Yorkshire Village.

By Marie Harley & Joan Ingilby

Printed: 1953

Publisher: J M Dent & Sons. London

Dimensions 15 × 23 × 3 cm

Language: English

Size (cminches): 15 x 23 x 3

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Item information


In the original dust sheet. Navy cloth binding with gilt title on the spine.

F.B.A. provides an in-depth photographic presentation of this item to stimulate your feel and touch. More traditional book descriptions are immediately available.

A very well kept copy

Marie Hartley MBE (29 September 1905 – 10 May 2006) was the author or co-author and illustrator of some 40 books on the social history of the Yorkshire Dales. She was born into a prosperous family of wool merchants at Morley, near Leeds. She attended Leeds College of Art and then the Slade School in London, where she specialised in wood engraving. On her return to Yorkshire she settled in the market town of Wetherby. During the 1930s and 1940s she set up in partnership with a local writer, Ella Pontefract, illustrating books on the Dales and Yorkshire. The two women published six books on Yorkshire life and customs before Pontefract died in 1945. Subsequently, Marie Hartley was joined by Joan Ingilby. Marie Hartley spent 75 years gathering material which related to disappearing rural traditions of Yorkshire. The women travelled across the county collecting stories, written material and artefacts, all of which they brought back to the 17th-century cottage they shared at Askrigg in Wensleydale. In the early 1970s they donated their collection to the former North Riding of Yorkshire County Council. In 1979 this gift formed the basis of the collection now housed in the Dales Countryside Museum at Hawes.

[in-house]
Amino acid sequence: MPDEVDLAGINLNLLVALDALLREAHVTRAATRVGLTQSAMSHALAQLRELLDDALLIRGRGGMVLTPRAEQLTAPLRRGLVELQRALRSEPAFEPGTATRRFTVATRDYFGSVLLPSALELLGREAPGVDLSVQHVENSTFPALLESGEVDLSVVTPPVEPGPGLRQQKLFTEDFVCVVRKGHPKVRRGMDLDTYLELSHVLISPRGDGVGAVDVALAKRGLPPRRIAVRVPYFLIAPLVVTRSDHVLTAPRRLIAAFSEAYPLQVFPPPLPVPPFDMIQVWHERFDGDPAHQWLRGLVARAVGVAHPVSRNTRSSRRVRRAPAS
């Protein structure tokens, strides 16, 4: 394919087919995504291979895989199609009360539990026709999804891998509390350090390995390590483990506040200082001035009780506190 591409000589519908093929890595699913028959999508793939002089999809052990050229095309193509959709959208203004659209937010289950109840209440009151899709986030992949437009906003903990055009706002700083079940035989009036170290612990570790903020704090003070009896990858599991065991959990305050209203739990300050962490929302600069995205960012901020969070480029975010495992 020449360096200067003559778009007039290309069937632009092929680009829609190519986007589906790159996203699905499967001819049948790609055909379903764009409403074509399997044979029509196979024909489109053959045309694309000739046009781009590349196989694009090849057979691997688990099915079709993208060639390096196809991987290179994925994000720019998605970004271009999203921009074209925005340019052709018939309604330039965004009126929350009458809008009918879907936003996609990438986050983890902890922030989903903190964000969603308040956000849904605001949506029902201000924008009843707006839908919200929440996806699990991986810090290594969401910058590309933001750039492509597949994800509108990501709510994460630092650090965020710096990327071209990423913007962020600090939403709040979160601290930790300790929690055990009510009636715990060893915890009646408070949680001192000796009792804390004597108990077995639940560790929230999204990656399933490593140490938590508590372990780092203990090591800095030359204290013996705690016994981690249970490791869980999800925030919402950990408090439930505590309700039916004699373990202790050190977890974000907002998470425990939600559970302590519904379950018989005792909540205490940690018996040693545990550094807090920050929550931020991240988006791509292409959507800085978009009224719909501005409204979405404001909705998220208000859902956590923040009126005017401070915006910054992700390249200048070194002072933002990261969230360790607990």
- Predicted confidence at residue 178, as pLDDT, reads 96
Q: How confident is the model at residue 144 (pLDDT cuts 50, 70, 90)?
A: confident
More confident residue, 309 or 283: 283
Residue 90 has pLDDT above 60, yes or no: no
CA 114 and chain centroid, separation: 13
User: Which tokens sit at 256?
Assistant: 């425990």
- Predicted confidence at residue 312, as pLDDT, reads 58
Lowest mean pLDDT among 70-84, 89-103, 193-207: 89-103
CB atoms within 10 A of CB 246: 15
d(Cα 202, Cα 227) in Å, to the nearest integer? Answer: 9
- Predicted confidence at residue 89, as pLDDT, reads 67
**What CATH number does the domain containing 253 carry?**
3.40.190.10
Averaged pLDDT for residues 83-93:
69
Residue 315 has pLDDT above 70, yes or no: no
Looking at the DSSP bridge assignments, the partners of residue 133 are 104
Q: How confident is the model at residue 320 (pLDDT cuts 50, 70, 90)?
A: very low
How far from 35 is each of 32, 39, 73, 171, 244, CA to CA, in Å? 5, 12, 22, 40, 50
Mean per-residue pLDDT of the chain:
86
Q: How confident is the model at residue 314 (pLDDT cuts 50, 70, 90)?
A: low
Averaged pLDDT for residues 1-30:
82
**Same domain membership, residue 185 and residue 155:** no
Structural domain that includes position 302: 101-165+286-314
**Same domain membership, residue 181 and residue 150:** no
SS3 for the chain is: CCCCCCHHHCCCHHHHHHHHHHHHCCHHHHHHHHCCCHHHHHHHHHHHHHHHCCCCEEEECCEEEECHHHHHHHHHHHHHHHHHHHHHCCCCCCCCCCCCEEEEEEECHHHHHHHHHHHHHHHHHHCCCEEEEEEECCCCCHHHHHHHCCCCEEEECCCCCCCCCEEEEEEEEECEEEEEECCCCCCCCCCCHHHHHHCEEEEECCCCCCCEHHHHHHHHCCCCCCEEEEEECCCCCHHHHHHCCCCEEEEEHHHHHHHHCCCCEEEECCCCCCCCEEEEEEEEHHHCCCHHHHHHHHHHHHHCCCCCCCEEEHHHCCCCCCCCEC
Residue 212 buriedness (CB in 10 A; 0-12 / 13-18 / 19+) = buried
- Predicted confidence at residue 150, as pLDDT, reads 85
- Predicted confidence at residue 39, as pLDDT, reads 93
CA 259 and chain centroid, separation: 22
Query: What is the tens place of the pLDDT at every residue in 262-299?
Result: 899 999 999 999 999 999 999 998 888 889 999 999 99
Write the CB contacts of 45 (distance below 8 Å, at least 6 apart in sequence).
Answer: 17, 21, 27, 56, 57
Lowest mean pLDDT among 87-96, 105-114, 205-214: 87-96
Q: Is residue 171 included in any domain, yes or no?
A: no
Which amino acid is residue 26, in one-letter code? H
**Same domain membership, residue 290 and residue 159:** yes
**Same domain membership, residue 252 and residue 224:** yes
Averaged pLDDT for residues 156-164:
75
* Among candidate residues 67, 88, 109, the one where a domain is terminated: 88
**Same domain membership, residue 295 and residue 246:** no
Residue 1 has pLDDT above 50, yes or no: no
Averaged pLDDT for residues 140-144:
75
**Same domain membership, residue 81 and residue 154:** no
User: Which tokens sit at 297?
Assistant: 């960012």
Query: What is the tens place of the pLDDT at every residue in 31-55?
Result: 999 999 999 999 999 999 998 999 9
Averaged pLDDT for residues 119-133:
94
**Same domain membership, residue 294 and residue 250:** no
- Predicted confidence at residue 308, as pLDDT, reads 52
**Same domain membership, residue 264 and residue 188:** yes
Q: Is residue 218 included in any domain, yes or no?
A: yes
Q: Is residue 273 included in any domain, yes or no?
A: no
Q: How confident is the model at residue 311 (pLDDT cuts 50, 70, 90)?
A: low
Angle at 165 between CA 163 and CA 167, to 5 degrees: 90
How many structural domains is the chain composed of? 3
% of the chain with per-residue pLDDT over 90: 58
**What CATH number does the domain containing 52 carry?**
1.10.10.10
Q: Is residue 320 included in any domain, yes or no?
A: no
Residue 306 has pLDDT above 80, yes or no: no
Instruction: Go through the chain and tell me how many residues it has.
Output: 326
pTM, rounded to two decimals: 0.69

Their masterpiece was Life and Traditions in the Yorkshire Dales (1968), although many rank The Old Hand Knitters of the Dales (1951) alongside it as a local history classic. The archive of their documents and photographs remains in the care of the Yorkshire Archaeological Society, whose Silver Medal they won in 1993. Both were appointed MBE in 1997, and in 1999 received honorary degrees from the Open University. Ingilby died in 2000 aged 89.


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